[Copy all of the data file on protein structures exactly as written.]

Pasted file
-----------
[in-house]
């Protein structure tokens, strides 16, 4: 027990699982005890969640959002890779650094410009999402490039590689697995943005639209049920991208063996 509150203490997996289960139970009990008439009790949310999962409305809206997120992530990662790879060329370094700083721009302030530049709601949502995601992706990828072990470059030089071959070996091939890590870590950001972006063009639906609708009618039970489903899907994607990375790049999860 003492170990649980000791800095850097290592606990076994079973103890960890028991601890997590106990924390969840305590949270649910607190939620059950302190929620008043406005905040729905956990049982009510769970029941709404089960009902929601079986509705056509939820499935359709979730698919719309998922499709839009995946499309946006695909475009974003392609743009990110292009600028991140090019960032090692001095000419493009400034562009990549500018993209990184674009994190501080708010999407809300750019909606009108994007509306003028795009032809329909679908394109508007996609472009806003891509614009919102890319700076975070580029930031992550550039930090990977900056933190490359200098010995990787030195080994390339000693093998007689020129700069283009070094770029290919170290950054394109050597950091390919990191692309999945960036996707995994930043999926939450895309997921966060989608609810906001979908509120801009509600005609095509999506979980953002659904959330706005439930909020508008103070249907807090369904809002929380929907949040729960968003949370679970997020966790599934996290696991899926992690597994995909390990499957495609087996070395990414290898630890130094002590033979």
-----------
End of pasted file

[in-house]
């Protein structure tokens, strides 16, 4: 027990699982005890969640959002890779650094410009999402490039590689697995943005639209049920991208063996 509150203490997996289960139970009990008439009790949310999962409305809206997120992530990662790879060329370094700083721009302030530049709601949502995601992706990828072990470059030089071959070996091939890590870590950001972006063009639906609708009618039970489903899907994607990375790049999860 003492170990649980000791800095850097290592606990076994079973103890960890028991601890997590106990924390969840305590949270649910607190939620059950302190929620008043406005905040729905956990049982009510769970029941709404089960009902929601079986509705056509939820499935359709979730698919719309998922499709839009995946499309946006695909475009974003392609743009990110292009600028991140090019960032090692001095000419493009400034562009990549500018993209990184674009994190501080708010999407809300750019909606009108994007509306003028795009032809329909679908394109508007996609472009806003891509614009919102890319700076975070580029930031992550550039930090990977900056933190490359200098010995990787030195080994390339000693093998007689020129700069283009070094770029290919170290950054394109050597950091390919990191692309999945960036996707995994930043999926939450895309997921966060989608609810906001979908509120801009509600005609095509999506979980953002659904959330706005439930909020508008103070249907807090369904809002929380929907949040729960968003949370679970997020966790599934996290696991899926992690597994995909390990499957495609087996070395990414290898630890130094002590033979």